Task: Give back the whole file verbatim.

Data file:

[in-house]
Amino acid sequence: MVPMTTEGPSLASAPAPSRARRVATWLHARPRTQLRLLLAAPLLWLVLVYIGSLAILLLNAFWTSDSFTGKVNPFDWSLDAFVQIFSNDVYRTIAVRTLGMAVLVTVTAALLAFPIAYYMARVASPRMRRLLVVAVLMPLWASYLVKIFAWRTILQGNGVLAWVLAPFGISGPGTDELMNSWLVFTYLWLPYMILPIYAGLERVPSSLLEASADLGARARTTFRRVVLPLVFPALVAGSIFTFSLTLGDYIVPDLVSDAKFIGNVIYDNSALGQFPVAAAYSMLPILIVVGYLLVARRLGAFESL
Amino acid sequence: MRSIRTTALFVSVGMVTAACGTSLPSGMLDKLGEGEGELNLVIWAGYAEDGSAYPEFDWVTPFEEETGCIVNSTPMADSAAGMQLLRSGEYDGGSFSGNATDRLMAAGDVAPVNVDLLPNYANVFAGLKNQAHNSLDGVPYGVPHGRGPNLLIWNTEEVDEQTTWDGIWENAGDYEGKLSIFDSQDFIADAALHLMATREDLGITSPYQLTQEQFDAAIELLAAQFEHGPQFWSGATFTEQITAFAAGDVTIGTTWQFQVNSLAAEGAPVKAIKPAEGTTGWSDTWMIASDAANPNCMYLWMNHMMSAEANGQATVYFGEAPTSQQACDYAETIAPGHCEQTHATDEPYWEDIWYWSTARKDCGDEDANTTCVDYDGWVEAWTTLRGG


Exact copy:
[in-house]
Amino acid sequence: MVPMTTEGPSLASAPAPSRARRVATWLHARPRTQLRLLLAAPLLWLVLVYIGSLAILLLNAFWTSDSFTGKVNPFDWSLDAFVQIFSNDVYRTIAVRTLGMAVLVTVTAALLAFPIAYYMARVASPRMRRLLVVAVLMPLWASYLVKIFAWRTILQGNGVLAWVLAPFGISGPGTDELMNSWLVFTYLWLPYMILPIYAGLERVPSSLLEASADLGARARTTFRRVVLPLVFPALVAGSIFTFSLTLGDYIVPDLVSDAKFIGNVIYDNSALGQFPVAAAYSMLPILIVVGYLLVARRLGAFESL
Amino acid sequence: MRSIRTTALFVSVGMVTAACGTSLPSGMLDKLGEGEGELNLVIWAGYAEDGSAYPEFDWVTPFEEETGCIVNSTPMADSAAGMQLLRSGEYDGGSFSGNATDRLMAAGDVAPVNVDLLPNYANVFAGLKNQAHNSLDGVPYGVPHGRGPNLLIWNTEEVDEQTTWDGIWENAGDYEGKLSIFDSQDFIADAALHLMATREDLGITSPYQLTQEQFDAAIELLAAQFEHGPQFWSGATFTEQITAFAAGDVTIGTTWQFQVNSLAAEGAPVKAIKPAEGTTGWSDTWMIASDAANPNCMYLWMNHMMSAEANGQATVYFGEAPTSQQACDYAETIAPGHCEQTHATDEPYWEDIWYWSTARKDCGDEDANTTCVDYDGWVEAWTTLRGG